# The height of a cylinder with constant volume is inversely proportional to the square of its radius. If h = 8 cm when r = 4 cm, what is r when h = 2 cm?

Jul 10, 2016

see the explanation..

#### Explanation:

$H e i g h t \propto \frac{1}{r a \mathrm{di} u {s}^{2}}$

This is what the above statement says about the inverse relationship between HEIGHT and SQUARE OF RADIUS.

Now in next step when removing the proportional sign $\left(\propto\right)$ we use an equal to sign and multiply $\textcolor{R E D}{\text{k}}$ on either of the sides like this;

$H e i g h t = k \cdot \frac{1}{R a \mathrm{di} u {s}^{2}}$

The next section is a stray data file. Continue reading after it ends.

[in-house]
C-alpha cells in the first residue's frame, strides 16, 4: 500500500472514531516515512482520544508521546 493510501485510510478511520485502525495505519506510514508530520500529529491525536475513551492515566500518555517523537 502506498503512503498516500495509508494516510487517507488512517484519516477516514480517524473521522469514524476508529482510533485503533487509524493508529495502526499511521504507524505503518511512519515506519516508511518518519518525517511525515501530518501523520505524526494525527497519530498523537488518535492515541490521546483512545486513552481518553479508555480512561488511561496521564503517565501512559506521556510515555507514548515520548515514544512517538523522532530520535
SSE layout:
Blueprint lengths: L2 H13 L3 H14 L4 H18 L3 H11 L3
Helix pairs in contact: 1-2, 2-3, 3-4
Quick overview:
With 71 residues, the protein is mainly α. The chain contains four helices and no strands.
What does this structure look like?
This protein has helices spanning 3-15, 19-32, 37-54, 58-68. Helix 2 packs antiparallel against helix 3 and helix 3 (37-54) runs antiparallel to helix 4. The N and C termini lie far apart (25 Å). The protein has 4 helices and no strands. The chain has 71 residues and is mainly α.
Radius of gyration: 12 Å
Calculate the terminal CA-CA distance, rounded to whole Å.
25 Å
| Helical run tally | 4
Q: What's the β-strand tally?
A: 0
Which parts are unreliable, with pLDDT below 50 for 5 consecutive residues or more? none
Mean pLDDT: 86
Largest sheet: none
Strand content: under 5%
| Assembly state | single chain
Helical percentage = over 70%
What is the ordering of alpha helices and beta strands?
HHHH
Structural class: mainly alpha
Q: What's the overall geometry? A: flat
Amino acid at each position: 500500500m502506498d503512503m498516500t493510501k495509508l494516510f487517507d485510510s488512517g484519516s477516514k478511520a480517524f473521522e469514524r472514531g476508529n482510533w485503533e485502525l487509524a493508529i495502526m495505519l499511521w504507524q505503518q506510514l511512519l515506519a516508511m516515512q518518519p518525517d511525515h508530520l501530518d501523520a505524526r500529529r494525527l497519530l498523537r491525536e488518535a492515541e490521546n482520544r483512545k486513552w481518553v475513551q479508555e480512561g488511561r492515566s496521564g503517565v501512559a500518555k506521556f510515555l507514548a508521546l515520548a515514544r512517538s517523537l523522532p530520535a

{where k is constant (of volume)}

Putting the values of height and radius^2 we get;

$8 = k \cdot \frac{1}{4} ^ 2$

$8 \cdot {4}^{2} = k$

$8 \cdot 16 = k$

$k = 128$

Now we have calculated our constant value $\textcolor{red}{\text{k}}$ which is $\textcolor{red}{\text{128}}$.

Plugging the values into the equation:

$H e i g h t = k \cdot \frac{1}{R a \mathrm{di} u {s}^{2}}$

$2 = 128 \cdot \frac{1}{r} ^ 2$ {r is for radius}

${r}^{2} = \frac{128}{2}$

${r}^{2} = 64$

$\sqrt{{r}^{2}} = \sqrt{64}$

$r = 8$

Hence, for height of 2 cm with a constant of 128 we get the $\textcolor{b l u e}{r a \mathrm{di} u s}$ of $\textcolor{b l u e}{2 c m}$